Danielle Bean, a wife and mother of eight, is editorial director of Faith & Family magazine and author of My Cup of Tea, Mom to Mom, Day to Day, and most recently Small Steps for Catholic Moms. Read more of her blogging at Faith & Family Live and DanielleBean.com.
I must say, I was disturbed by this recent Salon column by Nathan Hegedus:
In it, Hegedus discusses the significance and importance of putting “feminine” clothes on his young son and reflects on the meaning of his own reluctance to do so.
I can understand being challenged in the laundry department. I can understand wanting to save money on clothing and thus re-using “girlish” clothes from an older sister. But Hegedus’ motivation to put his son in pink is not a practical one at all. In his mind, the importance of putting pink pants on his son is both social and political:
The stereotypes run both ways—feminine may be perceived as weak and passive, but it is also seen as gentle and sensitive. And if men are going to make it in post-industrial society—and there is much fear that they will not—they need these interpersonal and nurturing skills, both at work and at home.
Could we raise gentle and sensitive boys without the feminine symbols, without pink? Probably. But what’s wrong with a little pink, with a flower here and a butterfly there? So, Ms. Steinem, I’m on board. I get it. I can’t just toughen up my girl. I also need to make my boy confident with his softer sides. I need to embrace a metaphorical pink.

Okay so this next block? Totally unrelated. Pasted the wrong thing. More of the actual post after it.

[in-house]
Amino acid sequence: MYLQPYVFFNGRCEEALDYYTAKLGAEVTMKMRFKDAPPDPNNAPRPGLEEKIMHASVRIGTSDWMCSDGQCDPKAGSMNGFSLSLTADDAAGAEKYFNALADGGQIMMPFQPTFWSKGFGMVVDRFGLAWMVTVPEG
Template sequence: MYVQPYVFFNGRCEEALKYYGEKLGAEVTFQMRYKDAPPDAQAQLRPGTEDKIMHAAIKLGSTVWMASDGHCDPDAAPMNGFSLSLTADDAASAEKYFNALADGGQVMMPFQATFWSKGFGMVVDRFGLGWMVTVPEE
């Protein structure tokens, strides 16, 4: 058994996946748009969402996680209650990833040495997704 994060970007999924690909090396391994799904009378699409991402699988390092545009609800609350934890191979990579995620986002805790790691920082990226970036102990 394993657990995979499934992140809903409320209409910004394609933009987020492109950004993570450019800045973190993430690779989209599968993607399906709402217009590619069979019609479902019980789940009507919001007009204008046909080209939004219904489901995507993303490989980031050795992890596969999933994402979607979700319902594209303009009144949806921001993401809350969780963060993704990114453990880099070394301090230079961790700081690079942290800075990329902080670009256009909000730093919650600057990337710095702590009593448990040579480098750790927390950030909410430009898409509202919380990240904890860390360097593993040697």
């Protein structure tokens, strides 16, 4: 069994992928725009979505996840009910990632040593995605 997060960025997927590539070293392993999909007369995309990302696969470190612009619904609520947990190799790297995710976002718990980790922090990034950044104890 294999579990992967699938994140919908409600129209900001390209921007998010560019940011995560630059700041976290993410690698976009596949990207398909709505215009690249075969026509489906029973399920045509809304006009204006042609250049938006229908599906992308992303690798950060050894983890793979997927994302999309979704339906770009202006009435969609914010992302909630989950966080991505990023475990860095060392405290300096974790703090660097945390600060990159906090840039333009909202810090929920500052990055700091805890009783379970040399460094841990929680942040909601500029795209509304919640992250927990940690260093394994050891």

Haven’t we already tried this gender experiment? The one where we pretend there is no innate difference between the sexes and we need to force little girls to play with trucks and little boys to play with dolls? And hasn’t it failed?
While of course there will be some cross-over between little boys’ and little girls’ interests and natural abilities, to pretend that the only differences between boys and girls are the ones that society imposes upon them is not only ridiculous and futile—it’s unfair to the kids themselves.
Any young man who wonders whether he needs to “get in touch with his feminine side” should try acting more feminine around women and see how that works for him. Here’s a hint: Chicks don’t dig it.
Any dad who wonders if his sons are naturally more active and aggressive creatures than their sisters should spend an afternoon watching them play. Here’s a hint: There won’t be many tea parties.
Instead of fretting over pink pants, more dads should take seriously the important role they play in their sons’ lives. They are the ones who will teach their sons to be men. They are the ones who will model masculinity and fatherhood for their children. That job might require working hard, talking honestly, and setting a manly example by loving their mom. But I can promise you this: it will not require pink pants.